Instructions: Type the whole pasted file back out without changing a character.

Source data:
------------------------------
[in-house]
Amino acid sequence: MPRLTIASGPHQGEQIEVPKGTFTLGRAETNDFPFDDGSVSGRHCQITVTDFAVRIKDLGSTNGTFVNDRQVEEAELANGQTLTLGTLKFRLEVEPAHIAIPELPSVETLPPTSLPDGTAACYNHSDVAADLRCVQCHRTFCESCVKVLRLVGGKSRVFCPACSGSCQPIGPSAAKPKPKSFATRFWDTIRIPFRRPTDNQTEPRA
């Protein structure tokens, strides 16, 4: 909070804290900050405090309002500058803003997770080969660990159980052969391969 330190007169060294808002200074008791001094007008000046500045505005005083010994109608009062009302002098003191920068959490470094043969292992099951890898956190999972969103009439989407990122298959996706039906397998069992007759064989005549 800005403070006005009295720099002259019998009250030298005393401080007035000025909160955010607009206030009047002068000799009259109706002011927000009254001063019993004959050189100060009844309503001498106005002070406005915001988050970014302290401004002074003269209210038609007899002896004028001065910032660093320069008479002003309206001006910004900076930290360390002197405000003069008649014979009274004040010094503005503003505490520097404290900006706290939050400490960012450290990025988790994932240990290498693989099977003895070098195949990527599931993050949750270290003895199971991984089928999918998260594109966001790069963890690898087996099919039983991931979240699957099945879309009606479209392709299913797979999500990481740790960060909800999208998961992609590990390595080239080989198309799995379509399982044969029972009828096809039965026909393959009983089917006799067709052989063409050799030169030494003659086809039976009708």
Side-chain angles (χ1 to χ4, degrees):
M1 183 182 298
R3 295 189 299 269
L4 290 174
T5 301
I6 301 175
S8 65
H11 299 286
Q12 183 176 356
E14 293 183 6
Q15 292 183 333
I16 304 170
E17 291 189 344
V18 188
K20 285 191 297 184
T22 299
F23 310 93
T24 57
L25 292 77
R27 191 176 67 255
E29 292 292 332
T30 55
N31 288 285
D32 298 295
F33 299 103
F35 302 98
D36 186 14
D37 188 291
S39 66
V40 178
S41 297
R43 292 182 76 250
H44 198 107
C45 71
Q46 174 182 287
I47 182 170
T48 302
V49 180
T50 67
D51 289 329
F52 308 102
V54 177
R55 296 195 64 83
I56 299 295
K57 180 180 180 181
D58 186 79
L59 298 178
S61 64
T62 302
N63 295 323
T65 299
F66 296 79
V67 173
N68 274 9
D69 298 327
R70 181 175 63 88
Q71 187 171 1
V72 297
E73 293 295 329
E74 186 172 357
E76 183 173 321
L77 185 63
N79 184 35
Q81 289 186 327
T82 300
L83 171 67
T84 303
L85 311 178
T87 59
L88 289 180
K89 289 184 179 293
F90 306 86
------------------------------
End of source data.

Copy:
[in-house]
Amino acid sequence: MPRLTIASGPHQGEQIEVPKGTFTLGRAETNDFPFDDGSVSGRHCQITVTDFAVRIKDLGSTNGTFVNDRQVEEAELANGQTLTLGTLKFRLEVEPAHIAIPELPSVETLPPTSLPDGTAACYNHSDVAADLRCVQCHRTFCESCVKVLRLVGGKSRVFCPACSGSCQPIGPSAAKPKPKSFATRFWDTIRIPFRRPTDNQTEPRA
């Protein structure tokens, strides 16, 4: 909070804290900050405090309002500058803003997770080969660990159980052969391969 330190007169060294808002200074008791001094007008000046500045505005005083010994109608009062009302002098003191920068959490470094043969292992099951890898956190999972969103009439989407990122298959996706039906397998069992007759064989005549 800005403070006005009295720099002259019998009250030298005393401080007035000025909160955010607009206030009047002068000799009259109706002011927000009254001063019993004959050189100060009844309503001498106005002070406005915001988050970014302290401004002074003269209210038609007899002896004028001065910032660093320069008479002003309206001006910004900076930290360390002197405000003069008649014979009274004040010094503005503003505490520097404290900006706290939050400490960012450290990025988790994932240990290498693989099977003895070098195949990527599931993050949750270290003895199971991984089928999918998260594109966001790069963890690898087996099919039983991931979240699957099945879309009606479209392709299913797979999500990481740790960060909800999208998961992609590990390595080239080989198309799995379509399982044969029972009828096809039965026909393959009983089917006799067709052989063409050799030169030494003659086809039976009708």
Side-chain angles (χ1 to χ4, degrees):
M1 183 182 298
R3 295 189 299 269
L4 290 174
T5 301
I6 301 175
S8 65
H11 299 286
Q12 183 176 356
E14 293 183 6
Q15 292 183 333
I16 304 170
E17 291 189 344
V18 188
K20 285 191 297 184
T22 299
F23 310 93
T24 57
L25 292 77
R27 191 176 67 255
E29 292 292 332
T30 55
N31 288 285
D32 298 295
F33 299 103
F35 302 98
D36 186 14
D37 188 291
S39 66
V40 178
S41 297
R43 292 182 76 250
H44 198 107
C45 71
Q46 174 182 287
I47 182 170
T48 302
V49 180
T50 67
D51 289 329
F52 308 102
V54 177
R55 296 195 64 83
I56 299 295
K57 180 180 180 181
D58 186 79
L59 298 178
S61 64
T62 302
N63 295 323
T65 299
F66 296 79
V67 173
N68 274 9
D69 298 327
R70 181 175 63 88
Q71 187 171 1
V72 297
E73 293 295 329
E74 186 172 357
E76 183 173 321
L77 185 63
N79 184 35
Q81 289 186 327
T82 300
L83 171 67
T84 303
L85 311 178
T87 59
L88 289 180
K89 289 184 179 293
F90 306 86